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Why energy storage is key to global renewable goals

Here is how and why batteries play a vital role in the energy transition

Published: May 3, 2024 01:46:27 PM IST
Updated: May 3, 2024 02:31:32 PM IST

Clean energy is essential to reduce emissions from burning fossil fuels and to hope to keep the international target of restricting global warming to 1.5 degrees Celsius above pre-industrial levels. Image credit: Shutterstock
Clean energy is essential to reduce emissions from burning fossil fuels and to hope to keep the international target of restricting global warming to 1.5 degrees Celsius above pre-industrial levels. Image credit: Shutterstock

G7 environment ministers committed on Tuesday to ramp up the production and deployment of battery storage technology, an essential component for increasing renewable energy and combating climate change.

Here is how and why batteries play a vital role in the energy transition:

Growing demand

Batteries have been central to the rise of electric vehicles (EVs) but are also critical to wind and solar power because of the intermittent nature of these energy sources.

Surplus electricity must be stored in batteries to stabilise distribution regardless of peaks in demand, or breaks in supply at night or during low winds.

Battery deployment in the energy sector last year increased more than 130 percent from 2022, according to a report released last week by the International Energy Agency (IEA). 

The main markets are China, the European Union and the United States.

Following closely are Britain, South Korea, Japan and developing nations in Africa, where solar and storage technology is seen as the gateway to energy access.

Six-fold goal

To triple global renewable energy capacity by 2030 -- a goal set at the UN climate conference in December -- the IEA says a six-fold increase in battery storage will be necessary.

Clean energy is essential to reduce emissions from burning fossil fuels and to hope to keep the international target of restricting global warming to 1.5 degrees Celsius above pre-industrial levels.

The total storage capacity required to achieve this target is an estimated 1,500 gigawatts by 2030.

Of this, 1,200 GW will need to be supplied by batteries.

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Cost challenges 

In less than 15 years, the cost of batteries has fallen by 90 percent.

"The combination of solar PV and batteries is today competitive with new coal plants in India. And just in the next few years, it will be cheaper than new coal in China and gas-fired power in the United States," IEA chief Fatih Birol said last week.

"But still the pace is not fast enough to reach our goals in terms of climate change and energy security."

Costs will have to come down further, he said, while calling for supply chains to be diversified.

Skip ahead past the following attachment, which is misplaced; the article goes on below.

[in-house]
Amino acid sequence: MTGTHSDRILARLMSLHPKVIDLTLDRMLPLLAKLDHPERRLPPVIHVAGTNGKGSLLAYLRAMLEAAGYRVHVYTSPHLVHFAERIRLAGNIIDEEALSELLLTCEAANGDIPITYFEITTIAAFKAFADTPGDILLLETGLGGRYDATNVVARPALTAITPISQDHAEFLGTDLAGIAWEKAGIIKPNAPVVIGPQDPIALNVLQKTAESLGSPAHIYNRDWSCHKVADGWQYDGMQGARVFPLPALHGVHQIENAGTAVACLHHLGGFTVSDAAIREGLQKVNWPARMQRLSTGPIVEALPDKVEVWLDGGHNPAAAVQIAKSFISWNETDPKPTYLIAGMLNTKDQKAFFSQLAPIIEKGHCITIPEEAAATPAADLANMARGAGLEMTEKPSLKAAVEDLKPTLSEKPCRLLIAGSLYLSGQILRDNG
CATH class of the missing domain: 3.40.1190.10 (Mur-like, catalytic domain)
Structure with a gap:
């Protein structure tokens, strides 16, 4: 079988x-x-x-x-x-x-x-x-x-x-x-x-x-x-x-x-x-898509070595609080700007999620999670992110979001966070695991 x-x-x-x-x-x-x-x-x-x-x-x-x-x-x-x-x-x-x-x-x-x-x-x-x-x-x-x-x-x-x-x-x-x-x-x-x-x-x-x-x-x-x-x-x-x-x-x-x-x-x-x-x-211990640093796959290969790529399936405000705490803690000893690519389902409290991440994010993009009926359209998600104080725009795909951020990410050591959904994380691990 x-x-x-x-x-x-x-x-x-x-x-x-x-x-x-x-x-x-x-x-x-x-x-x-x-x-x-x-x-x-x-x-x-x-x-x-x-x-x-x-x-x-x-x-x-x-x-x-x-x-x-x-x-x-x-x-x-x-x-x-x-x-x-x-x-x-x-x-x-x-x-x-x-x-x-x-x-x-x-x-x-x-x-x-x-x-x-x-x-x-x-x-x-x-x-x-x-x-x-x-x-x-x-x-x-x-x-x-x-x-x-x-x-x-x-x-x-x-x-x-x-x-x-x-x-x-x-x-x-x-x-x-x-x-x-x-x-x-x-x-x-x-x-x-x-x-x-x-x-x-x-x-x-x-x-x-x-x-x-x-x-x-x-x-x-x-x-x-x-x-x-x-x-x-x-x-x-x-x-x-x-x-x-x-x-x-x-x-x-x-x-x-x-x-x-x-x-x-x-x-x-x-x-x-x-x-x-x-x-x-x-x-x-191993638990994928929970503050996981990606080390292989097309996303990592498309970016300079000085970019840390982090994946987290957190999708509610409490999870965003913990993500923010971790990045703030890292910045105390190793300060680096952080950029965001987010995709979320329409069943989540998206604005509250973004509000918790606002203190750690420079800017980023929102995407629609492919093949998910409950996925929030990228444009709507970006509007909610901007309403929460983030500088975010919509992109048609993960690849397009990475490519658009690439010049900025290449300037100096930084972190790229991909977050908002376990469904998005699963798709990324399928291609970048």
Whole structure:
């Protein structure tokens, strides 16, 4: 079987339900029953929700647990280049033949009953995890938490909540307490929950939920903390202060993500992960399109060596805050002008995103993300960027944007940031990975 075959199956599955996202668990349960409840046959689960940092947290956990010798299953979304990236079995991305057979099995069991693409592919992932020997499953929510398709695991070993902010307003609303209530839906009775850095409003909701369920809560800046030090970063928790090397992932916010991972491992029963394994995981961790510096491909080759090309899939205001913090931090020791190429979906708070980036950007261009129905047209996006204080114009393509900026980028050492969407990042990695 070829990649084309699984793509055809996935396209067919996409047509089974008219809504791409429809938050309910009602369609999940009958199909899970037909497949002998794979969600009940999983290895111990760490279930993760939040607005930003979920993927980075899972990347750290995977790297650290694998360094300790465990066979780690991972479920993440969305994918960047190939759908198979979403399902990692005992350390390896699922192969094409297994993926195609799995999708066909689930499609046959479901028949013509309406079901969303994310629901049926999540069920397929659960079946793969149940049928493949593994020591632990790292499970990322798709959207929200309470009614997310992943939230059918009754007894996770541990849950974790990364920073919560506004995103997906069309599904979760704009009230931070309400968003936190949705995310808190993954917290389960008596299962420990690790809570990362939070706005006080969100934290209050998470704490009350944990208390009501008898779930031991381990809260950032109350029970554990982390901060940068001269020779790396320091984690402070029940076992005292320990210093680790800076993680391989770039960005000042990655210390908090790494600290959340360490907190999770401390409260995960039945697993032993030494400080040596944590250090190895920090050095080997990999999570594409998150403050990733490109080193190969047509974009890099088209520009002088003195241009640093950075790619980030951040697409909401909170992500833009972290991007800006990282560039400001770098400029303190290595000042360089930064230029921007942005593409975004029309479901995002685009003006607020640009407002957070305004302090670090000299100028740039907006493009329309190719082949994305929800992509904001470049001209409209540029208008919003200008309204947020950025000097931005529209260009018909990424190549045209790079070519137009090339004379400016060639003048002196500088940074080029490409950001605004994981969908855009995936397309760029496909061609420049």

Most batteries are currently produced by China.

But some 40 percent of planned battery manufacturing projects are in the United States and Europe, according to the IEA.

If those projects are realised, they would be nearly sufficient to meet the needs of those countries.

Metal matters

Another thorny issue is the availability of critical metals like lithium and cobalt that are essential to make batteries.

Experts say the development chemical alternatives could complement the dominant lithium-ion technology.

"Transition in the technology will reduce the amount of lithium" needed, said Brent Wanner, head of the IEA's power sector unit, adding, "this includes shifting to sodium-ion batteries".

Beyond 2030, high-density solid-state batteries that offer a longer lifespan are expected to become commercially available.

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There are other storage options, although not as widely applicable or available as batteries.

Pumped storage hydropower has long been used in the hydroelectric sector.

The transformation of electricity into hydrogen, which can be stored and transported, is a new technology expected to become more readily available.

Be flexible

Renewable energy is not entirely reliant on storage and measures can be taken to improve the flexibility of its production to meet demands.

Industry and governments are gearing up for the transition.

The European Union's Energy Regulators Agency called on member states in September to asses their "flexibility potential" based on estimates that renewables will need to double by 2030.

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Such a rise requires greater "flexibility" in grids, meaning energy can be stored and distributed consistently despite fluctuating production and demand.

The G7 said Tuesday it would not only support more production and use of battery storage, but promote technological advancements in the sector as well as grid infrastructure.